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(Showing results 1 to 6 of 6)



Energy Taxes and Optimal Tax Theory

Michael J. Boskin and Marc S. Robinson

Year: 1985
Volume: Volume 6
Number: Special Issue
DOI: 10.5547/ISSN0195-6574-EJ-Vol6-NoSI-2
No Abstract



The Coming Age of Energy Taxes and Environmental Levies

Hans-Jochen Luhmann

Year: 1985
Volume: Volume 6
Number: Special Issue
DOI: 10.5547/ISSN0195-6574-EJ-Vol6-NoSI-5
No Abstract



Who Pays Broad-Based Energy Taxes? Computing Lifetime and Regional Incidence

Nicholas Bull, Kevin A. Hassett, and Gilbert E. Metcalf

Year: 1994
Volume: Volume15
Number: Number 3
DOI: 10.5547/ISSN0195-6574-EJ-Vol15-No3-8
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Abstract:
This paper measures the incidence of energy taxes using a lifetime framework to study both a Btu tax and a carbon tax. It takes into account two key facts. First, because energy taxes have different incidence effects across the life cycle, it is important to measure the burden of taxes in terms of lifetime incidence, not just their burden in a given year. To take account of lifetime incidence, we introduce an estimation methodology for lifetime-correction as well as showing current consumption measures. Second, energy taxes have a total effect that combines both direct and indirect effects: in addition to directly increasing the price of energy goods, energy taxes also indirectly increase the price of all other goods in proportion to the energy used to produce them. We provide incidence estimates by income group and by geographical region.



Why Tax Energy? Towards a More Rational Policy

David M. Newbery

Year: 2005
Volume: Volume 26
Number: Number 3
DOI: 10.5547/ISSN0195-6574-EJ-Vol26-No3-1
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Abstract:
The same fuels are taxed at widely different rates in different countrieswhile different fuels are taxed at widely different rates within and across countries. This paper considers what tax theory has to say about efficient energy tax design. The main factors for energy taxes are the optimal tariff argument, the need to correct externalities such as global warming, and second-best considerations for taxing transport fuels as road charges, but these are inadequate to explain current energy taxes. EU energy tax harmonisation and Kyoto suggest that the time is ripe to reform energy taxation.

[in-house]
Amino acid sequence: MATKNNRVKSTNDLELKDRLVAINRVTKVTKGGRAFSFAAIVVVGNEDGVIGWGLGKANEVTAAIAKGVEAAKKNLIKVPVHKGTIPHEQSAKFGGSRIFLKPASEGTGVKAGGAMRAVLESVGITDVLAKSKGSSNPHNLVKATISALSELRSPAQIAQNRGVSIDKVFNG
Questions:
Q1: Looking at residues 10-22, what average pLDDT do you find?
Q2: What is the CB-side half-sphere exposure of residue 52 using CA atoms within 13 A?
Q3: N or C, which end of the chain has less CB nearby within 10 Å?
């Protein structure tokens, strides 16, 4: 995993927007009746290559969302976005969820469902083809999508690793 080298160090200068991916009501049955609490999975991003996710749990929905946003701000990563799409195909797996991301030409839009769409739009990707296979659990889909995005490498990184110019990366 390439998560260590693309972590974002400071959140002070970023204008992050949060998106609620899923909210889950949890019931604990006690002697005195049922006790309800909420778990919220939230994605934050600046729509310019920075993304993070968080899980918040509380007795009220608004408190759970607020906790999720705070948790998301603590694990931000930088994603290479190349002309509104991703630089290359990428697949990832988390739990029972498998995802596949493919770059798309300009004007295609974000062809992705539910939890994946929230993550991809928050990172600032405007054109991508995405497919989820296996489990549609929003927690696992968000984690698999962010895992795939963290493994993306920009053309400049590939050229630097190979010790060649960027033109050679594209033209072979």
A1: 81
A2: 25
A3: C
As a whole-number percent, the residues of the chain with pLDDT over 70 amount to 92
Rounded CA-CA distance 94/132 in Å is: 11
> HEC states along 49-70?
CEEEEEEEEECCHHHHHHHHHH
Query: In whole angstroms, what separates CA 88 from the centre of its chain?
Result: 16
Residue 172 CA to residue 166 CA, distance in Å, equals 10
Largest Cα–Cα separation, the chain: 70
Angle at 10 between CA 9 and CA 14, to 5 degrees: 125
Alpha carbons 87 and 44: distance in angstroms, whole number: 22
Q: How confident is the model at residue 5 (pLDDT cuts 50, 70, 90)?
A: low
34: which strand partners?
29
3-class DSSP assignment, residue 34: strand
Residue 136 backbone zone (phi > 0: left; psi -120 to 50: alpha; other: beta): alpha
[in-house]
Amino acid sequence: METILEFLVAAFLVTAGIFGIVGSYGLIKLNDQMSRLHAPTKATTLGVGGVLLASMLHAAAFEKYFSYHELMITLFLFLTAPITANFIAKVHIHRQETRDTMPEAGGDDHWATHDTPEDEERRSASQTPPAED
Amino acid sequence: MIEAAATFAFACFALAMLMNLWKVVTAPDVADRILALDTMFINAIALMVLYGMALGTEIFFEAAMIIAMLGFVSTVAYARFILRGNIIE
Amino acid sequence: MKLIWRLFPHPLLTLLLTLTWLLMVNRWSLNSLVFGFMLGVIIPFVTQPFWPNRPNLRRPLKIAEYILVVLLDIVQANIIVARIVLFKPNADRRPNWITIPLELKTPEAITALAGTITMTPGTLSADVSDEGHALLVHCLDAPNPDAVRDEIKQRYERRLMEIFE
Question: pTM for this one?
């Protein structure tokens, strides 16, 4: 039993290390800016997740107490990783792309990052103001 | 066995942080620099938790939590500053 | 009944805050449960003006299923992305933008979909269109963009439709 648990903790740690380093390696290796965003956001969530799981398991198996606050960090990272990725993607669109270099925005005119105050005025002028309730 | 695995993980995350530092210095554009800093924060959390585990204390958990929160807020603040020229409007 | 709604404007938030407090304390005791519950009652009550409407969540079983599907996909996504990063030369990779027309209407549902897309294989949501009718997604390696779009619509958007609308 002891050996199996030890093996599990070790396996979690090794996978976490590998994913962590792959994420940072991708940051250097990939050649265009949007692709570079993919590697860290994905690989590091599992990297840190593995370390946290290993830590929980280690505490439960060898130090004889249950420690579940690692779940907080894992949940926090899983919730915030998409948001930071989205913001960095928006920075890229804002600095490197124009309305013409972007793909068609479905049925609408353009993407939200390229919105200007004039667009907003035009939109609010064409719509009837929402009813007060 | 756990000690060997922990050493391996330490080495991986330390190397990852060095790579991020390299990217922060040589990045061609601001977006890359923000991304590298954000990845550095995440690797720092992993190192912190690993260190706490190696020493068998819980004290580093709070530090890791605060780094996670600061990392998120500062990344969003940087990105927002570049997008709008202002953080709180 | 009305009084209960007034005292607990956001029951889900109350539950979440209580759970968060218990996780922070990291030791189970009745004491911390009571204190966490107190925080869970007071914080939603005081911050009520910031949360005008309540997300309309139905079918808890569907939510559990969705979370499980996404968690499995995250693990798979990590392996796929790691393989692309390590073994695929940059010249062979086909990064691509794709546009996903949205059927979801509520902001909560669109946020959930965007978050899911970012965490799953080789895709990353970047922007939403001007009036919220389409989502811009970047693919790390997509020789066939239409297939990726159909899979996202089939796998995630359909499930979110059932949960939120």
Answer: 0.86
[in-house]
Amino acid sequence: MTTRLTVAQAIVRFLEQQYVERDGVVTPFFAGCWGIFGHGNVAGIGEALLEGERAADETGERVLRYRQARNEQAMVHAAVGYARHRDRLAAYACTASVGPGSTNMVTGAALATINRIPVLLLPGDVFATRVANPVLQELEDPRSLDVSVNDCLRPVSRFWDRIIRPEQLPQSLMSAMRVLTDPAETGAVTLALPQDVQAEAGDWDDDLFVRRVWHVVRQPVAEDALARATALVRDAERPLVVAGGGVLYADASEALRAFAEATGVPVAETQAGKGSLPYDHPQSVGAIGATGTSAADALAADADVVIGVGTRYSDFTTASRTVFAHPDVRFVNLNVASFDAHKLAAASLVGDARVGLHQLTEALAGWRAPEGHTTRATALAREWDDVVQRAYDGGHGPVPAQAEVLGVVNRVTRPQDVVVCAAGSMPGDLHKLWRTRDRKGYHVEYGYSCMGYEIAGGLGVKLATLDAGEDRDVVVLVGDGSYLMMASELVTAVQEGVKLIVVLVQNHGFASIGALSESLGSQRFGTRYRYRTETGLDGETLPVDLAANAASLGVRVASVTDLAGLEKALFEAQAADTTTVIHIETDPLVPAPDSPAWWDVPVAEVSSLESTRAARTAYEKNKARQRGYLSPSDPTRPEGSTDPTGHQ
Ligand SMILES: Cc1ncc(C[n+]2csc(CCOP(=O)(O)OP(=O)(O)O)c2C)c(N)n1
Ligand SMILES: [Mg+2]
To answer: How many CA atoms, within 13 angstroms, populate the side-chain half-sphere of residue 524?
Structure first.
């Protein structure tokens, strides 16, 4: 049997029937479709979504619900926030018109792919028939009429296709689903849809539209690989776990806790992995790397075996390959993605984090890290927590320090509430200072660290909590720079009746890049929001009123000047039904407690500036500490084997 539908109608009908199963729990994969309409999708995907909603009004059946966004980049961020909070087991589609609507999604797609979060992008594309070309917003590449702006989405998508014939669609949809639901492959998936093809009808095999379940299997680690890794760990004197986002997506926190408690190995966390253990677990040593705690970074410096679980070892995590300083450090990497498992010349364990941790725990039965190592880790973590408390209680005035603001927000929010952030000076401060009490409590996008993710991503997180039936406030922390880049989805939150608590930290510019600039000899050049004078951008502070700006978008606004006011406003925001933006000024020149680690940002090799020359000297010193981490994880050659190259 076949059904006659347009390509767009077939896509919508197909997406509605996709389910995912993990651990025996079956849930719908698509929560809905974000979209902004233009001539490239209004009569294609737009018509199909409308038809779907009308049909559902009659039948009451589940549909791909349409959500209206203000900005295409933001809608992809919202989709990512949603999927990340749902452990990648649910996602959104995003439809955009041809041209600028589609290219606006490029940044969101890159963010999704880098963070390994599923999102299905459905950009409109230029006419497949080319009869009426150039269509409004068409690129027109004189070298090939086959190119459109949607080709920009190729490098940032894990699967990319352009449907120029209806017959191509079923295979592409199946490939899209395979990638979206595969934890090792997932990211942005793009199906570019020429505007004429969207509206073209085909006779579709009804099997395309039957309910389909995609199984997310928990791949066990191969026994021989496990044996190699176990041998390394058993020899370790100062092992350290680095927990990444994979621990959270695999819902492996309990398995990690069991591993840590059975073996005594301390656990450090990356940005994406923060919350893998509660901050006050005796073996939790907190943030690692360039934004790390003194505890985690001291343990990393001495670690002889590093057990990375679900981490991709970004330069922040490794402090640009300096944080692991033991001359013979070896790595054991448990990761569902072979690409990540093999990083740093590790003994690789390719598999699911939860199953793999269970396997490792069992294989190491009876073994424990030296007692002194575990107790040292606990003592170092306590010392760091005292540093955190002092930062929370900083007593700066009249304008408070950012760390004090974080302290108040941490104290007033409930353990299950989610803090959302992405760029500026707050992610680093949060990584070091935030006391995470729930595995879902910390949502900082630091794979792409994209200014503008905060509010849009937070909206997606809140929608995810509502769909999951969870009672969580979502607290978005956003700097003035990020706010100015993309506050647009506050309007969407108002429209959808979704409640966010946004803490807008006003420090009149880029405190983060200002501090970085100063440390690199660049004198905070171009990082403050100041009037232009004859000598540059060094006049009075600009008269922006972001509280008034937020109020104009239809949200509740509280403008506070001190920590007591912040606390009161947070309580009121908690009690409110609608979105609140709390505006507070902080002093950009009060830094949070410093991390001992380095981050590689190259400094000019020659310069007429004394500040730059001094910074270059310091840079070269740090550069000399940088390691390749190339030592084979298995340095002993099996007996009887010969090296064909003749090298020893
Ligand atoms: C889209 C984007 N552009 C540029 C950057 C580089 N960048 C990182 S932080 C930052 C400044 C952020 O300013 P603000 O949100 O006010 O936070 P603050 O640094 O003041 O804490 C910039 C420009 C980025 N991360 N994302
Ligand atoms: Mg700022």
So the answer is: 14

Climate Policy & Corporate Behavior

Nicola Commins, Seán Lyons, Marc Schiffbauer, and Richard S.J. Tol

Year: 2011
Volume: Volume 32
Number: Number 4
DOI: 10.5547/ISSN0195-6574-EJ-Vol32-No4-4
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Abstract:
In this paper, we study the impact of energy taxes and the EU ETS on a large number of firms in Europe between 1996 and 2007. Using company level micro-data, we examine how firms in different sectors were affected by environmental policies. Aspects of behavior and performance studied include total factor productivity, employment levels, investment behavior and profitability. On the whole, energy taxes increased total factor productivity and returns to capital but decreased employment, with a mixed effect on investment, for the sectors included in our analysis. However, large sectoral variation is observed, with some industries losing out in terms of productivity and profitability when faced with increased energy taxes, while others benefitted.



The Vertical and Horizontal Distributive Effects of Energy Taxes: A Case Study of a French Policy

Thomas Douenne

Year: 2020
Volume: Volume 41
Number: Number 3
DOI: 10.5547/01956574.41.3.tdou
View Abstract

Abstract:
This paper proposes a micro-simulation assessment of the distributional impacts of the French carbon tax. It shows that the policy is regressive, but could be made progressive by redistributing the revenue through flat-recycling. However, it would still generate large horizontal distributive effects and harm a significant share of low-income households. The determinants of the tax incidence are characterized precisely, and alternative targeted transfers are simulated on this basis. The paper shows that given the importance of unobserved heterogeneity in the determinants of energy consumption, horizontal distributive effects are much more difficult to tackle than vertical ones.





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